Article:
Tent City 3 causes controversy

Safe and Affordable Seattle speaks out

Two weeks ago, on Saturday, Nov. 18, we opened our arms to approximately 60 homeless men and women, hosting Tent City 3 for the third time here on campus.

On Thursday the 16th, just two days earlier, an appeal was filed at the last minute in an attempt to prohibit the residents of Tent City 3 from moving in.

This 13-page appeal was written by a local organization acting under the name “Safe and Affordable Seattle.”

Although they had ample opportunity to voice their disapproval during the provided public comment period of SPU’s land-use permit, Safe and Affordable Seattle opted to employ a manipulative, eleventh-hour appeal to halt the progress of Tent City 3.

 

Anya Annear | The Falcon Two students set up the perimeter fence for TC3, giving residents some privacy.

Claiming that the school neglected to abide by and address city land use and construction codes, as well as environmental and criminal concerns, Safe and Affordable Seattle demanded legal action from SPU.

The organization’s members were utterly incensed when university officials responded otherwise.

City code authorizes homeless encampments to remain in one place for only three months at a time, and because those three months were to expire that Saturday at the previous Tent City 3 location, SPU had to act quickly.

Partnering with First Free Methodist Church, which has the right, as a religious organization, to host Tent City without public process per Seattle, SPU managed to save the project.
Thus ensued a bitter protest by Safe and Affordable Seattle.

In a hateful Facebook post on Nov. 20 entitled “The Church in Revolt,” Safe and Affordable Seattle criticized SPU for “taking the laws into their own hands,” and proceeded to denounce the university as well as the Christian faith.

It is this post, or rather the fallacies therein, that I will be refuting.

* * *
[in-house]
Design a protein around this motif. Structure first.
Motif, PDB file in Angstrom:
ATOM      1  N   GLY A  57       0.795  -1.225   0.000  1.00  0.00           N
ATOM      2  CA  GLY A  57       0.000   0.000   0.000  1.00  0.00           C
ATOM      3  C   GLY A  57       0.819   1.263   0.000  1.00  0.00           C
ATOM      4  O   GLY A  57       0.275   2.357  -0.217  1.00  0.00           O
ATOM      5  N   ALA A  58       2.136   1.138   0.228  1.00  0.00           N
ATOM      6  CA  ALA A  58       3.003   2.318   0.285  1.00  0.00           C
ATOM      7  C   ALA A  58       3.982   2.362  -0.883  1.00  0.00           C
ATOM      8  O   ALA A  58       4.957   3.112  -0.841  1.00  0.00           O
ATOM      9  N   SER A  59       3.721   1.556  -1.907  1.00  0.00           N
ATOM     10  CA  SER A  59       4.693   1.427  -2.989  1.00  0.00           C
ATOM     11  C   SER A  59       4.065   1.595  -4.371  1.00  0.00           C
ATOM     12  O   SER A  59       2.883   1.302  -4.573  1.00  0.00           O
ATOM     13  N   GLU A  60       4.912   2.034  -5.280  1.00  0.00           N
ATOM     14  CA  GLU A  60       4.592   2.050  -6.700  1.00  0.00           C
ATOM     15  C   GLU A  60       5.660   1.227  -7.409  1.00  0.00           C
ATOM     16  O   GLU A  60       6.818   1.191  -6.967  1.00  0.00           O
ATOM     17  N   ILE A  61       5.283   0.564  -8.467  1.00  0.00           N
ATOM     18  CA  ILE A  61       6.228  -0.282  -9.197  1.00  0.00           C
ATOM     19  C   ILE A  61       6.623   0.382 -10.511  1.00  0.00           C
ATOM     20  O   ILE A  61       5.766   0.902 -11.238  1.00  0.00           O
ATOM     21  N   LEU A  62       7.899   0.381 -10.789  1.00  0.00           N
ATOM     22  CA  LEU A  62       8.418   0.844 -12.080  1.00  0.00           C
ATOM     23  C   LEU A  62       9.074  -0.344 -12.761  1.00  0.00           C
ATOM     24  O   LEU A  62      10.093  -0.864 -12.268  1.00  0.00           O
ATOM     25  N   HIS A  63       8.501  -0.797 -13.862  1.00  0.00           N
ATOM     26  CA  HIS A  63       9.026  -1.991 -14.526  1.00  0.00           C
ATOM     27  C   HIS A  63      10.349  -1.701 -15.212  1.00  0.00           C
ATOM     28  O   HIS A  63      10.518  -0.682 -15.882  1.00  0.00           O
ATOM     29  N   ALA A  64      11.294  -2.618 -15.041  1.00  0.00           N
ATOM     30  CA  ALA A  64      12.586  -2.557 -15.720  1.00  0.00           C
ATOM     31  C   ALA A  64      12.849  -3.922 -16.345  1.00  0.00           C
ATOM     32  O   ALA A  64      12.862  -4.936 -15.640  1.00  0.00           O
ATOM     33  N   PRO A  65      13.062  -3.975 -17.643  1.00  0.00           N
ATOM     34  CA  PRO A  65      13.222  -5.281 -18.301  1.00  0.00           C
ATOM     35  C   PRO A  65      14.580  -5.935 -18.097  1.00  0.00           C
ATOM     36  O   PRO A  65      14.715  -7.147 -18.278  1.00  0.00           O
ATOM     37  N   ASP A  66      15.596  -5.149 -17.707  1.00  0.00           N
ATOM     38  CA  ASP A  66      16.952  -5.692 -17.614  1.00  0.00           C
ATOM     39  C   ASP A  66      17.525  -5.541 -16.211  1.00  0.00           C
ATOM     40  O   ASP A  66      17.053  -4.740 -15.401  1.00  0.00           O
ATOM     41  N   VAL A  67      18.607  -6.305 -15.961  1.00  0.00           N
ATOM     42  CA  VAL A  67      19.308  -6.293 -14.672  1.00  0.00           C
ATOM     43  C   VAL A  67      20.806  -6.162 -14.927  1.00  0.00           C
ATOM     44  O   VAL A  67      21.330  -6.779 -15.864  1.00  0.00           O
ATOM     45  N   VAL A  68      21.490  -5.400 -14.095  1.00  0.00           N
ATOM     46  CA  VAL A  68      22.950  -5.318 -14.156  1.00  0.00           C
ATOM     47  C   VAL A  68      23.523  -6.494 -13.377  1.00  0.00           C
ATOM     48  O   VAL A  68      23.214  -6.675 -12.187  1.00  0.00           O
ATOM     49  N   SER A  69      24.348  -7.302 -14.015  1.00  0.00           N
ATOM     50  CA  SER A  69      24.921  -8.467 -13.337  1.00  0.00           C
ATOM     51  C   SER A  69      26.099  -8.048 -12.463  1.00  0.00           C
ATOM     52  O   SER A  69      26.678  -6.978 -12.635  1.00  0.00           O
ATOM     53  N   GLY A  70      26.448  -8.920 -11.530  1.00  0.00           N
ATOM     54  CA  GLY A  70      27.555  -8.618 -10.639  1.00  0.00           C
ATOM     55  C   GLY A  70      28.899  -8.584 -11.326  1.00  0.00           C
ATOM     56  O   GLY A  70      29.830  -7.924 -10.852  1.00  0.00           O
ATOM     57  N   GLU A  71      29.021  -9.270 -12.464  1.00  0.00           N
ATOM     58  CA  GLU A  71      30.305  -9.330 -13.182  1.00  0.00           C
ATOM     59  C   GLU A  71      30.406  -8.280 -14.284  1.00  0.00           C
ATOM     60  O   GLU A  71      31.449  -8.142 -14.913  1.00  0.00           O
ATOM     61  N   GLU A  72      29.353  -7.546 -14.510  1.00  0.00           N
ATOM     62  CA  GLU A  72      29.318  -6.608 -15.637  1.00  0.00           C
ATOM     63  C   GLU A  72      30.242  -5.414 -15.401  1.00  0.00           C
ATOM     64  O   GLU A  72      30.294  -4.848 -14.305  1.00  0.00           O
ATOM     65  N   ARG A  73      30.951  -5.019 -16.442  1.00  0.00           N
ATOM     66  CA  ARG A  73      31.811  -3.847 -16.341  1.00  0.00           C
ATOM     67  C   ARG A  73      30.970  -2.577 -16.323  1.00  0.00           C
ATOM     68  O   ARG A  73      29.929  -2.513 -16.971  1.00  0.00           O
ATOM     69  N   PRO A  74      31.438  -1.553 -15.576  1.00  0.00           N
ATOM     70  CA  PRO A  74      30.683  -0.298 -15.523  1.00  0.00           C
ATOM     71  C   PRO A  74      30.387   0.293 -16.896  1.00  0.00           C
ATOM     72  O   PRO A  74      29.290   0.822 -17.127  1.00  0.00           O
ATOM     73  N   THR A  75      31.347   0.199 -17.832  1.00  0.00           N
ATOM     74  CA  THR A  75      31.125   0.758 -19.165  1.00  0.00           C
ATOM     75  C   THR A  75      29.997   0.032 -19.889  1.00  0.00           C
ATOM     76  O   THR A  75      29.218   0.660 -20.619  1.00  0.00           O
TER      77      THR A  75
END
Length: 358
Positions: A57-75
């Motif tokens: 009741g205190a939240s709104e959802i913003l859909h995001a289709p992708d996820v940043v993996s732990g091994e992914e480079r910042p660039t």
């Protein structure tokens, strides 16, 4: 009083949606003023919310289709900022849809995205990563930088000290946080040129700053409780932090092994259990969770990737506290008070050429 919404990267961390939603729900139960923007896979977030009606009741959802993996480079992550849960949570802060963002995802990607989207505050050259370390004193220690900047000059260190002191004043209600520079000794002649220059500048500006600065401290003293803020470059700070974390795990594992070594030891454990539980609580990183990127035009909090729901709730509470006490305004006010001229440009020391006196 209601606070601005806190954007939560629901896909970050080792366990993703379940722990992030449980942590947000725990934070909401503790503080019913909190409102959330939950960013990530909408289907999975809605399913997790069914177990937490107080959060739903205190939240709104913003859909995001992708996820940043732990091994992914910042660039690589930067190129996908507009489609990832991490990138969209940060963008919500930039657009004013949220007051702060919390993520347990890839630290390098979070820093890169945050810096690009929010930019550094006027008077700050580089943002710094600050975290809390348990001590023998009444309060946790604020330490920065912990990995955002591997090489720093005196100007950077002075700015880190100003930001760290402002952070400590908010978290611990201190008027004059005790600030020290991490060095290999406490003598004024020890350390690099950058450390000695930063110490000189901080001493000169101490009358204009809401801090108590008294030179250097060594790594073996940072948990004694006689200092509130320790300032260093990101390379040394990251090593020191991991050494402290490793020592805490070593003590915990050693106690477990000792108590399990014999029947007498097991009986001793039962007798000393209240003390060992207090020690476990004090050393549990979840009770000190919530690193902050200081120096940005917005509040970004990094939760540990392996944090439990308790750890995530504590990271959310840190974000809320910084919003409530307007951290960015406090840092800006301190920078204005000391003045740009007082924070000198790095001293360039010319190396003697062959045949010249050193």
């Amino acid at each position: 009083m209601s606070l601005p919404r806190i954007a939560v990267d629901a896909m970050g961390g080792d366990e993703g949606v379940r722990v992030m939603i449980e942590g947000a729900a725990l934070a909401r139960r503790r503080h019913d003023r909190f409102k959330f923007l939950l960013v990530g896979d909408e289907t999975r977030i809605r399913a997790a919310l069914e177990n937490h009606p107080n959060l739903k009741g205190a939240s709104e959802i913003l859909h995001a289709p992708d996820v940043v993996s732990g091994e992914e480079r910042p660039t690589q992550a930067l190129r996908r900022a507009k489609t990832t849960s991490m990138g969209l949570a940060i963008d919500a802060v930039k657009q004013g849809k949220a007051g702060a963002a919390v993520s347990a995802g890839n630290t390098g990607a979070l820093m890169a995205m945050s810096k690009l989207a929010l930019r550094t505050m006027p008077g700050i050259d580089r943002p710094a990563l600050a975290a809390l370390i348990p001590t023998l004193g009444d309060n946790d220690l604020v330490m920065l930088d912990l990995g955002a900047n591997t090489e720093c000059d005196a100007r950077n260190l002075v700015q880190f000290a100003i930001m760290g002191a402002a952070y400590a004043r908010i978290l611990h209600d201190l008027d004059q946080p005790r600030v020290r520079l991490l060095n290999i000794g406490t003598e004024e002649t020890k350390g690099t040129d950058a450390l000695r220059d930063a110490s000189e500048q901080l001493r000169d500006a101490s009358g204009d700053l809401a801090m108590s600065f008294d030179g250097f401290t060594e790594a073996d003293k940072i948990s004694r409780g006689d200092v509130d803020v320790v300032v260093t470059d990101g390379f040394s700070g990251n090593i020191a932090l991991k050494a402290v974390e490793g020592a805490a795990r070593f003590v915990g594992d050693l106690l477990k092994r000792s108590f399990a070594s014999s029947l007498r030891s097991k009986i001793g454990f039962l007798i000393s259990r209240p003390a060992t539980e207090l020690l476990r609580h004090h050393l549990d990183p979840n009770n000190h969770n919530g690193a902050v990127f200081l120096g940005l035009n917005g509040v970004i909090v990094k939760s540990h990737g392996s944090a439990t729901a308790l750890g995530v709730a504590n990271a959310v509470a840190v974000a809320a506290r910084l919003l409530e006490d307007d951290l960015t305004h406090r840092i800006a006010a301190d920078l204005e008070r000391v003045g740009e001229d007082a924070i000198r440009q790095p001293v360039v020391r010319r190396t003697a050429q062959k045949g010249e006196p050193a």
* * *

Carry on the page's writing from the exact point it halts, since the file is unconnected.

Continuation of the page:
Beginning by calling the collaboration with First Free Methodist a “lease of convenience,” the organization asserted sardonically that the Church had a right, supported by University President Dan Martin, to disregard the laws of Seattle.

The first flaw I find here is that this “lease of convenience” was hardly that.

Instead, I believe it was a “lease of necessity.”

If university officials would have chosen to “chaff under and endure” the slow bureaucratic process, as suggested by Safe and Affordable Seattle, the Saturday deadline would not have been met.

Consequently, as stated in SPU’s counter-appeal, “If Tent City 3 could not come to the university’s campus, its alternative was the street.”

Therefore, it was imperative that SPU take advantage of the church’s right, granted by the laws of Seattle, to disregard the appeal so as to not disregard the homeless.

Safe and Affordable Seattle, however, does not agree with this right and argues that our university has not only overstepped the parameters of the law, but also the parameters of Christianity.

Stating, “there are those among us who … think they are more equal than the rest,” the organization alleges that “in SPU’s case, they transcend the rest” and “they are mistaken in that belief.”

When I first read this, I rolled my eyes at the accusation that we, as a Christian university, might think ourselves above the justice system when we pledge our commitment to the goal of achieving social justice, as seen in our participation in the Tent City initiative.

Then, I realized that this accusation is actually accurate.

We, as Christians, do indeed transcend the laws established by men because we abide by the Law of God.

In their post, Safe and Affordable Seattle quotes Matthew 22:21 and Romans 13:1 to argue that Christians should be especially subject to the law of “governing authorities.”

It is true that the Bible encourages respect toward earthly authority, but what if this authority does not align with God’s?

What Safe and Affordable Seattle fails to acknowledge is that true followers of Christ value first the supreme law of the Lord, and this law, according to Galatians 5:14, “is fulfilled in keeping this one command: ‘Love your neighbor as yourself.’”

We, as Christians and affiliates of a Christian university, have an elevated sense of responsibility to take care of the people around us, and must not take this responsibility lightly.

We must never cease spreading the love of God, even when met with resistance, and even towards those who resist.

 

This article was posted in the section Opinion.
Alexandra Moore

Alexandra is a first-year studying English and political science

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